Thanks to a lot of hard work by my daughter, her husband and a wonderful neighbor, the water to the burst pipe was turned off and the standing water was pushed out of the house. Soaked carpets, fallen drywall, and insulation was cleaned up.

The next day, we packed up the motorhome and began the journey northward.  Three days later we were driveway camping in front of our house with night-time temperatures in the single digits. 

To complicate matters we were limited to a single 15amp extension cord (thus unable to use more than one electric heater).  I was so thankful to have our 8000BTU propane catalytic heater.

Although the coach is equipped with arctic pack  heaters for the holding tanks;  the pipes connecting the water pump, fresh water, and water heater tanks have no insulation and would quickly freeze during the cold night.  Additional electric heaters could not be purchased (they were sold out everywhere).  We also found that what works at temps as low as 20 degrees would not work at 6 degrees.  I had previously used an incandescent  lamp in each utility bay to prevent freezing.  The pump was still freezing. Of course using the unprotected garden hose hook-up was out of the question.  Necessity is the mother of invention.  Here is my solution:

An  iron (from a thrift store) controlled by a thermal cube outlet (from a farm store).  The plywood and tile sandwich on the face of the irn radiates the iron's heat.  The iron set on "cotton"  provided adequate heating and kept the pump and pipes from freezing.  Needless to say, we rapidly became experienced winter campers.

After initiating a claim with State Farm, it was about ten days before we could get a flood remediation contractor (ServPro) to start work.  ServPro and all the other contractors were swamped with frozen burst pipe jobs.

The damage was quite extensive.  A pipe supplying water to our refrigerator's ice maker had frozen and burst above the kitchen.  We think the water from the half-inch copper pipe flowed for over eight hours. Two thirds of the hardwood floors in the house were ruined.  The newly remodeled kitchen cabinets were ruined.  All the ceiling drywall in the kitchen had to be removed.  All of the drywall in half the basement was also removed.  The water bill for February indicated consumption of about 21,000 gallons!  Imaging that much water in your house.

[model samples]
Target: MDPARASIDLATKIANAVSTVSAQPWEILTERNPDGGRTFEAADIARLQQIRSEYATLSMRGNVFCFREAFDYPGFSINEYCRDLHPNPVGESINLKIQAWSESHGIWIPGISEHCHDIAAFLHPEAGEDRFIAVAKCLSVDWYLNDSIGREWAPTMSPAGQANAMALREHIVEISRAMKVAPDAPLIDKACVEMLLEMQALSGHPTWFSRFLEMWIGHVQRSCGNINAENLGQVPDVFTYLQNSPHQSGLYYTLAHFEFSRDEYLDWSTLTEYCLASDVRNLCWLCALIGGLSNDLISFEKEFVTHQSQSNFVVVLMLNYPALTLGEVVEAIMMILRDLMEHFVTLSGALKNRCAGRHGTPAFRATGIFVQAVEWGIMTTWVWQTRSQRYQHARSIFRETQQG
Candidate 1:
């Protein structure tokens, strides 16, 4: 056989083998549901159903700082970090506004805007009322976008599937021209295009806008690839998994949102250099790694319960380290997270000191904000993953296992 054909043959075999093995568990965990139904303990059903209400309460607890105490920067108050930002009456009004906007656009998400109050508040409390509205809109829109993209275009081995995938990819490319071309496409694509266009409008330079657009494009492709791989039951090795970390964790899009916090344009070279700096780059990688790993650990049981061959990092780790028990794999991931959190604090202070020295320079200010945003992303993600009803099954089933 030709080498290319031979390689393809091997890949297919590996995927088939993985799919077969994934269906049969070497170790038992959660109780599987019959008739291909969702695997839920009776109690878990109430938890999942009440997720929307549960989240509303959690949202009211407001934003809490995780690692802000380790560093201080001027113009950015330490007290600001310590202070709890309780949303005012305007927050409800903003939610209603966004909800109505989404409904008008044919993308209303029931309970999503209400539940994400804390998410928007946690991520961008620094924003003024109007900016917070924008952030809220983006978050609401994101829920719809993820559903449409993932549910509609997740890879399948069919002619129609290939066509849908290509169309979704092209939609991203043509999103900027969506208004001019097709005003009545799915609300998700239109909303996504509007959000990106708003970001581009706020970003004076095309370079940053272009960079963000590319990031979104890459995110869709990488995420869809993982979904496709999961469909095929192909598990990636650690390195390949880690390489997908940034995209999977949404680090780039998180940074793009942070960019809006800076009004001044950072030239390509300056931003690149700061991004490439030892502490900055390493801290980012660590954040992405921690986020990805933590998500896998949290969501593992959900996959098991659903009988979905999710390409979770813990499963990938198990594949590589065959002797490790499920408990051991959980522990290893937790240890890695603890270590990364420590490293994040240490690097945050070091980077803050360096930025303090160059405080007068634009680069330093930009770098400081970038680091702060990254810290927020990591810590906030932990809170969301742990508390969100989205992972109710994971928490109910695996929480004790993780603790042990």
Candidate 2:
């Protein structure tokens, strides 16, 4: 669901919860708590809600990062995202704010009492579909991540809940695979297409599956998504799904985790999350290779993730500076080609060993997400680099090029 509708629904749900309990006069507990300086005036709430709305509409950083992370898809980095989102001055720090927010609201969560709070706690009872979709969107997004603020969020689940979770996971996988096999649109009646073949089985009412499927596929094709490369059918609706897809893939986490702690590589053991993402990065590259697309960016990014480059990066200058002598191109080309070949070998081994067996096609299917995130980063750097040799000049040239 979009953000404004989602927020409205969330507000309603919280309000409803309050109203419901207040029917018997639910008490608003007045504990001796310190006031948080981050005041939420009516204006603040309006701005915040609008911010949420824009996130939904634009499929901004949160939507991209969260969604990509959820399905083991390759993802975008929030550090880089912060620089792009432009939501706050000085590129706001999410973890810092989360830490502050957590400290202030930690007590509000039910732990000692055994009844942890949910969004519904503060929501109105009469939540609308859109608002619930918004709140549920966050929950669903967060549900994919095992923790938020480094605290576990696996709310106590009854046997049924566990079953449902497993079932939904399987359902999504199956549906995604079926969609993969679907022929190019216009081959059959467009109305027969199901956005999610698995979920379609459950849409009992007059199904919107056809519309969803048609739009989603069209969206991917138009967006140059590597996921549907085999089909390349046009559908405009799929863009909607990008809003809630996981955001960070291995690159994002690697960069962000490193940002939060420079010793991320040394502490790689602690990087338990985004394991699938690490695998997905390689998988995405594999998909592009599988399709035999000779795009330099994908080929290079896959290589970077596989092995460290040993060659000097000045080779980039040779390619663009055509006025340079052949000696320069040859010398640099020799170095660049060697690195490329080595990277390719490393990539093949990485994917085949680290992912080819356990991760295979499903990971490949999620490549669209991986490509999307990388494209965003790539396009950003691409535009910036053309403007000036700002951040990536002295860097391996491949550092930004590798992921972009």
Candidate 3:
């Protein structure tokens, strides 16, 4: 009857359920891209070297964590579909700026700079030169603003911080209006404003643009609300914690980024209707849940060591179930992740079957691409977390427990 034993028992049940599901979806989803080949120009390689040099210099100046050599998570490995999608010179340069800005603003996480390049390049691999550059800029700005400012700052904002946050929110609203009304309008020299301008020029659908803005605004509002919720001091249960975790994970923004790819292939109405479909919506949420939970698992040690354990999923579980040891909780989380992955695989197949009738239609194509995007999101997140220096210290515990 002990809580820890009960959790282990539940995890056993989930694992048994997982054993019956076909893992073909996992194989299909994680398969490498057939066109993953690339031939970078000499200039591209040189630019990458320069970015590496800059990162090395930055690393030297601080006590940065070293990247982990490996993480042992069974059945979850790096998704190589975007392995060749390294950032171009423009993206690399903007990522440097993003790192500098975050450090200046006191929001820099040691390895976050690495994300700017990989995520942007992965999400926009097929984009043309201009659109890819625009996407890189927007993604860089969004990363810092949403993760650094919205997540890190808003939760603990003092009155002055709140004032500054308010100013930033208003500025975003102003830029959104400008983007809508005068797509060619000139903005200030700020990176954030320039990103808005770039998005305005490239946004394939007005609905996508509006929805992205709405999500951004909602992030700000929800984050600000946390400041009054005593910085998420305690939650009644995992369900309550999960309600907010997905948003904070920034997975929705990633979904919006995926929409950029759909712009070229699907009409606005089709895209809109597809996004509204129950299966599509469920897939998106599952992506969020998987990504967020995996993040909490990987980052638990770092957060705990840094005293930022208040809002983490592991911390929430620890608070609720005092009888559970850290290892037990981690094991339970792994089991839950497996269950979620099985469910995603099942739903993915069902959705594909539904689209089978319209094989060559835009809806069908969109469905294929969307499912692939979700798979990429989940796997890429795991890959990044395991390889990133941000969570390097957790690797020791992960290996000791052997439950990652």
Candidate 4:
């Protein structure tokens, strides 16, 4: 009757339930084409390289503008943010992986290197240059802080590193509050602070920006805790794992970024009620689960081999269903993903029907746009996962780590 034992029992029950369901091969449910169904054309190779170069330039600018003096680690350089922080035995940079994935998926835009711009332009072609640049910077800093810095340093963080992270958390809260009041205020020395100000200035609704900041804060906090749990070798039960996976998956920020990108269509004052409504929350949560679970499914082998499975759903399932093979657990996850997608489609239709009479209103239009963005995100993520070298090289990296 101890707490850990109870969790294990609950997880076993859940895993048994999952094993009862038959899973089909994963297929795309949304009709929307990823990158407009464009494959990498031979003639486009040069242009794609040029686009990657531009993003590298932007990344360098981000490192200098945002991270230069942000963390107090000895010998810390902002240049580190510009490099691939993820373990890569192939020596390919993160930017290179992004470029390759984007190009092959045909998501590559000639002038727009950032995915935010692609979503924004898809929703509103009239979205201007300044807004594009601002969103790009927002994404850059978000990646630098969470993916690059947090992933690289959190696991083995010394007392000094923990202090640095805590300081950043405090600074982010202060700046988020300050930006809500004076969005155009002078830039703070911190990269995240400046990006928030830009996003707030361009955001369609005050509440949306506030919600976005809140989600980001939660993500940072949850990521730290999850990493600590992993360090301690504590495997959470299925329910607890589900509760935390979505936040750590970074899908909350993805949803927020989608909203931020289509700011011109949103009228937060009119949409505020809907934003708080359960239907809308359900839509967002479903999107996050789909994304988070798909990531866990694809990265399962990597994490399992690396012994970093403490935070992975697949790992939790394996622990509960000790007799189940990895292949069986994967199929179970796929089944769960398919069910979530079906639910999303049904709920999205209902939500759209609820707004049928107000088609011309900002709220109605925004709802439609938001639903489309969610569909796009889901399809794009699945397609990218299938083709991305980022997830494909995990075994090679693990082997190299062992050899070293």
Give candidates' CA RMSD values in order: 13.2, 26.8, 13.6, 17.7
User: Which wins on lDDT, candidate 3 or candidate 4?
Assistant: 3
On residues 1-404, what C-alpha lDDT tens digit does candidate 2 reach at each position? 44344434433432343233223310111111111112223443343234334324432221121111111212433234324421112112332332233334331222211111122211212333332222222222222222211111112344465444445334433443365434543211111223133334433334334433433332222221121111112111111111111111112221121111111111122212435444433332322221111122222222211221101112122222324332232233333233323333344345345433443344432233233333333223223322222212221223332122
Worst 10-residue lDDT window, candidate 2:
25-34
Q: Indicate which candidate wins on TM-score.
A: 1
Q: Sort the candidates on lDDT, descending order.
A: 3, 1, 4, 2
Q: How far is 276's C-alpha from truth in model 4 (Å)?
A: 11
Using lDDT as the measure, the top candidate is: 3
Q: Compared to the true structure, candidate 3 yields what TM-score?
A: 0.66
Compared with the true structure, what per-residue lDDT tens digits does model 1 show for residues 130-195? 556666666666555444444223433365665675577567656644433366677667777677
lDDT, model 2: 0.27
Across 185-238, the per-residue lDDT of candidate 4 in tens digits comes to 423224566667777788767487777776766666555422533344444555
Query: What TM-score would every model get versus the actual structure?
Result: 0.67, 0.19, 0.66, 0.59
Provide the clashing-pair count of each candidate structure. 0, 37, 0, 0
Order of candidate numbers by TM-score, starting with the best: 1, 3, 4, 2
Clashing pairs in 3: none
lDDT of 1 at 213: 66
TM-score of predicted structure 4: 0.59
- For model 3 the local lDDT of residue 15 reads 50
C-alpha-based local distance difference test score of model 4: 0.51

After removing all the soaked drywall and pulling up the ruined hardwood flooring, ServPro began several days of drying.  Sixty (that's right, six zero) fans were placed throughout the house along with six big dehumidifiers.  A 500Kilowatt diesel was parked outside to power the fans for three days and nights.  the result:  A hurricane inside and a rock concert outside. The neighbors, thankfully did not complain.

While restoration work was underway on the house, We moved the motorhome to the military campground  on Fort Belvoir.  By mid-May if became difficult to renew our site there.  Reservations are limited to a single 14 day period with renewals on a first come basis.  We then moved to the KOA run RV park at the Prince William Forest  National  Park.  Finally, on  June 25th repairs were complete and we were able to move back into our house.  The period from flood to completing repairs was about 130 days.  Although, living in the motorhome was not that pleasant in the cold weather, the alternative would have been living out of a suitcase in an extended stay hotel.

So now we are nearing another departure for our southward snowbird journey.  This year we plan to linger the entire winter in central Florida with a fairly early mid-March return northward.  Unless another disaster ensues, we are looking forward to a summertime trip across the northern states.